Sunday, August 30, 2015

A cow in the garden, home from Montrondo, R.I.P. Geoffrey Brindley, a girly week, a new toy for Pippa, TV journalists shot dead during a live report in Virginia, this week’s new books, dinner with the cousins, a migrant tragedy in Austria, missing Eladio, and other tales.

Sunday 30th August 2015
A selfie with the girls and the dogs on our walk this week
Hello again

I am writing from home this morning from the table on the terrace by the pool watching the girls in the water with Elsa and Pippa.  It’s great to be with both girlies although I am missing Eladio but more about that later.

I left off last Sunday in Montrondo where it rained all day.  Whilst I wrote my blog there, Eladio and his beloved brother José Antonio spent their time trying to install the beds in our miniscule bedrooms as well as other fixtures around the house.  Both of them are good with their hands and they got congratulations from all of us when they got the TV working - no mean feat in Montrondo where the signal is weak – with no need for the  the antenna man whose service the next day was cancelled when they finished the job successfully.

On Monday morning I woke up to rain again.  This is what beautiful Montrondo looked like on the walk that morning.
Montrondo in the rain on Monday morning this week
I went with Adela, José Antonio, Dolores but left Pippa behind as it was cold and raining.  I made note to buy her a dog raincoat for successive trips to our village.
Adela, Dolores and Toño on the wet Monday morning walk in Montrondo
Just as I was having my last breakfast in Montrondo that morning after our walk I was surprised to spy a cow in our garden.  Pippa was ambling around and didn’t even notice it!  I suppose it’s a normal thing to happen in the village but to me it looked like a Milka advert and I just had to take a photo to share with you.  I love the countryside and it’s not every morning you find a cow in your garden is it?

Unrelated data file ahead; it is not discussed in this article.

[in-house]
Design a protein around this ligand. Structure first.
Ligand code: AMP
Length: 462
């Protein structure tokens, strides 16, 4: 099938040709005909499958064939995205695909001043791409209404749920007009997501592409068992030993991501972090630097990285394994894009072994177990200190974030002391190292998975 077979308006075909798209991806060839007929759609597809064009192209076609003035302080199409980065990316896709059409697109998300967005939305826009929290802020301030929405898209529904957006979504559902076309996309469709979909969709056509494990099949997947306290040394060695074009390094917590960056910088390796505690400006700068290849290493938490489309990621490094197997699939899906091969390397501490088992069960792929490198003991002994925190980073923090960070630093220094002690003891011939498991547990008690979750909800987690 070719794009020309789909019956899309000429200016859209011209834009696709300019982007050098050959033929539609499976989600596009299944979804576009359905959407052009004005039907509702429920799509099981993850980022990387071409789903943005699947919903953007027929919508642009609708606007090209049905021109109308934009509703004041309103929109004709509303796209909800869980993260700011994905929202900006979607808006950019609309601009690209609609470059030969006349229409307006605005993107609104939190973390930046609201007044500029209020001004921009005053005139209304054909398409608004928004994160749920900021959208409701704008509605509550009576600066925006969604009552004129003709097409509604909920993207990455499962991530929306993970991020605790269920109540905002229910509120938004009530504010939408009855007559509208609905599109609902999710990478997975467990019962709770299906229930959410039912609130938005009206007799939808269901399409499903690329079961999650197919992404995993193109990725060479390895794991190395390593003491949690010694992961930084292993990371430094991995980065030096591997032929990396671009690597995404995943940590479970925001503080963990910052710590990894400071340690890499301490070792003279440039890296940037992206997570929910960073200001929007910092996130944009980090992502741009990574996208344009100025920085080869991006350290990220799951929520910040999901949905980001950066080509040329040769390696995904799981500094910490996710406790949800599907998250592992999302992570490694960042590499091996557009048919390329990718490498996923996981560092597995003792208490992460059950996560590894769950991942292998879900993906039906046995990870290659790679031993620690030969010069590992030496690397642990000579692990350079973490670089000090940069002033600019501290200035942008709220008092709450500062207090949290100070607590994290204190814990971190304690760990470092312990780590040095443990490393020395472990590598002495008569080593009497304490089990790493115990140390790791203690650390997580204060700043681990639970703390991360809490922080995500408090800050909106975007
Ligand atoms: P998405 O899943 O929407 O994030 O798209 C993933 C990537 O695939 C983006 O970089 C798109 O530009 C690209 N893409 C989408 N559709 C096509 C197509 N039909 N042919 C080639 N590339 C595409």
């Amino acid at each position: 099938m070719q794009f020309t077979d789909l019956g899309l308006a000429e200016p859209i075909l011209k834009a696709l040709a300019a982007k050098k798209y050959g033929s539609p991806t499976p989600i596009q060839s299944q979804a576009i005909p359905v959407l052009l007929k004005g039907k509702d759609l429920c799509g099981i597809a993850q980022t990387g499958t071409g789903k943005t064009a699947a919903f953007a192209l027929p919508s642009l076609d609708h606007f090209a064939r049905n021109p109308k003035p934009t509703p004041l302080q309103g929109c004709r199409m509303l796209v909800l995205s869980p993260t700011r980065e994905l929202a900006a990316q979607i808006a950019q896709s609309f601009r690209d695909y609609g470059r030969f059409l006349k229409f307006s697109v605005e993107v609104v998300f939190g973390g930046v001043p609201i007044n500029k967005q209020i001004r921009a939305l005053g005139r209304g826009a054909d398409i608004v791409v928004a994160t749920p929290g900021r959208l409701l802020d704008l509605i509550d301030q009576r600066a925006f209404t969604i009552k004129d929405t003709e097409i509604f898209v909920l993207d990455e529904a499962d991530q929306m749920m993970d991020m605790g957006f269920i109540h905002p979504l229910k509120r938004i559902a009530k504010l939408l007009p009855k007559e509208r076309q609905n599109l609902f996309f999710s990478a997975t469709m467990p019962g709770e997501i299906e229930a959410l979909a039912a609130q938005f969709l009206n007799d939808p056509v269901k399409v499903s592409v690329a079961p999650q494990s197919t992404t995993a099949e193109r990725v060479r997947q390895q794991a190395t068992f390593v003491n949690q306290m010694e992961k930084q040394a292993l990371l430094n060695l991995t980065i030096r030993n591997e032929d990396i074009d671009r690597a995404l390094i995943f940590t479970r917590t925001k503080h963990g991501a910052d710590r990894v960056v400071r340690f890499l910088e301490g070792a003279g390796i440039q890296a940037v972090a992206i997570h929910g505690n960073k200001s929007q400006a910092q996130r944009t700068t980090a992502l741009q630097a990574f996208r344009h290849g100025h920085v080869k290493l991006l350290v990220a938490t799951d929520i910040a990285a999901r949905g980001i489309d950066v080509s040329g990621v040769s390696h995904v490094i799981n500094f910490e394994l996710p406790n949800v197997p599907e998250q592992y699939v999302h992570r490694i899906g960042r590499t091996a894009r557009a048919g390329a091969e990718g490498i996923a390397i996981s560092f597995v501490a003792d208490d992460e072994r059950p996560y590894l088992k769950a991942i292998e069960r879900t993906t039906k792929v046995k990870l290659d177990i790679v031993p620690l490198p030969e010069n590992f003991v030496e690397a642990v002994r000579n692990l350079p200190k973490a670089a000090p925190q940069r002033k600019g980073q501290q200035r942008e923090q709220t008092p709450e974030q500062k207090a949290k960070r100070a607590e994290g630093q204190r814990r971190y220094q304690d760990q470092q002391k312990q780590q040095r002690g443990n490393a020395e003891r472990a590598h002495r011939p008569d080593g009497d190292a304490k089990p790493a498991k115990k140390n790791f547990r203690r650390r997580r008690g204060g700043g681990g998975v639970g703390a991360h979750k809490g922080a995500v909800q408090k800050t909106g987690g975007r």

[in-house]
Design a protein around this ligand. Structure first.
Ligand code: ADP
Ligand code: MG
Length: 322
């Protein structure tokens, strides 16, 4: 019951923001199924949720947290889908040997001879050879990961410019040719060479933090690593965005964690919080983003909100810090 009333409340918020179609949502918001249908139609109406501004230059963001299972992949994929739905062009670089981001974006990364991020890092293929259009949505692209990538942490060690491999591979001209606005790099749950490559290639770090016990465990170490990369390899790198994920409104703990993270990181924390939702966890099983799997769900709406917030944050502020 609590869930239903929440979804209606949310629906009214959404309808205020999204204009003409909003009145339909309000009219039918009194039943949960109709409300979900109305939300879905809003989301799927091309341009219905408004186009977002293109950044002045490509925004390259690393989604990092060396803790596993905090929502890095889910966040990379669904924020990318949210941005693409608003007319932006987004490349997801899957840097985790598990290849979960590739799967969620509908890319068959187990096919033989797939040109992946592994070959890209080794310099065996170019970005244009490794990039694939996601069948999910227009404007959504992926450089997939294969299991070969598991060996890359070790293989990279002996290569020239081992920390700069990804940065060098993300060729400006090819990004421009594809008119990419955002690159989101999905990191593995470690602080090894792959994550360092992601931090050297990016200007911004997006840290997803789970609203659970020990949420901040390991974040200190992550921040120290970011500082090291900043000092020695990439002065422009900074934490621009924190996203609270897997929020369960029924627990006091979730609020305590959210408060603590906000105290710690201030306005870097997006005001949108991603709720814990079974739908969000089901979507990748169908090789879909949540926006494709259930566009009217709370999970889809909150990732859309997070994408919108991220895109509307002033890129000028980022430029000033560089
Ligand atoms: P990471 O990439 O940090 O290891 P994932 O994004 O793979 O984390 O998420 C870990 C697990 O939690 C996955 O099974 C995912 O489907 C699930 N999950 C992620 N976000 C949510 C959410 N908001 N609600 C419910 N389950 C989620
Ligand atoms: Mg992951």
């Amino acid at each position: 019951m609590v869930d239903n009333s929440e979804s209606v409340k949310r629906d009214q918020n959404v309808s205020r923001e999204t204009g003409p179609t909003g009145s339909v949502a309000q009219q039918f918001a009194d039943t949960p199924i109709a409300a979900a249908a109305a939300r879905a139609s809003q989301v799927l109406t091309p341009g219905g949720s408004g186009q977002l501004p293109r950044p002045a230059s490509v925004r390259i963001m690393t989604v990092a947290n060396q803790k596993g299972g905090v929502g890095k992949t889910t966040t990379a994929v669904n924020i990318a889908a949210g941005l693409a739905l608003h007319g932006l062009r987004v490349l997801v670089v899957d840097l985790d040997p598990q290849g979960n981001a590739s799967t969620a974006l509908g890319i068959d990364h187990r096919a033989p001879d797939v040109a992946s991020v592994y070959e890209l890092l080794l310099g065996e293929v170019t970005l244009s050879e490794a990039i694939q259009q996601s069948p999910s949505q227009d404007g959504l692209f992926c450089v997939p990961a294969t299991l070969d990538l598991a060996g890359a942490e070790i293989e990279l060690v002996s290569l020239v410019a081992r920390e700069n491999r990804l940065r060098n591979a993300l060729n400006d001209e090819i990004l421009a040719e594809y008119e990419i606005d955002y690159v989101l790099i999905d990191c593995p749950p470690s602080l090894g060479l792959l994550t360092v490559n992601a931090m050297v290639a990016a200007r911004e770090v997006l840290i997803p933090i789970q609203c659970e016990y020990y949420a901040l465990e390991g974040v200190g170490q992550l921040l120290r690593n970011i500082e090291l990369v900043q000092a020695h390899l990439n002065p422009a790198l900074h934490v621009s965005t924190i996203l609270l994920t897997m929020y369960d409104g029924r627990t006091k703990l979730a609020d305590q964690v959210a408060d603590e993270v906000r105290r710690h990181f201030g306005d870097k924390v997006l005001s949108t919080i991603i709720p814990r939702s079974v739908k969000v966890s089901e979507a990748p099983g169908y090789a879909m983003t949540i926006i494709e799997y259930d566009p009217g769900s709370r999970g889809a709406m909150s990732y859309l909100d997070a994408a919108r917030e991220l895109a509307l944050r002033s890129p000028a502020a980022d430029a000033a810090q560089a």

The cow in our garden
Suzy and I had decided to leave for better weather in Madrid and to be here for her post-operation doctor appointment on Wednesday. Eladio had to stay behind as the carpenters, electrician and other contractors were coming to put the final touches on the house.  He would be getting a lift home with José Antonio and Dolores the following week.

We left just after 11 and stopped at Senra to buy bread to take home; a special request from Olivia.
Suzy buying bread for Olivia at the old fashioned bakery in Senra as we left Montrondo
We also had to stop at a chemist shop in Riello to buy car sick tablets for little Pippa who seemed uncomfortable the whole way.  I bought children’s tablets and gave her half a tablet which I coaxed her to eat with a bit of cheese from Suzy’s sandwich.  It helped although she remained awake the whole journey.  Next time I shall give her the tablet an hour before we leave.

We stopped at Rueda for lunch where I indulged in a half platter of ham with a glass of delicious verdejo Rueda wine.  We ate outside so that Pippa could be with us and I fed her tiny bits of ham and bread which she polished down in a jiffy.  She is generally not a good eater; or rather she is not fond of her dry dog food and is a very slow eater.  Later in the week I went to a pet shop in Majadahonda to find pet food she might like better and came away with Royal Canin especially for dachshunds.  She loves it!  They didn’t stock rain coats for dogs unfortunately as it’s still the summer here.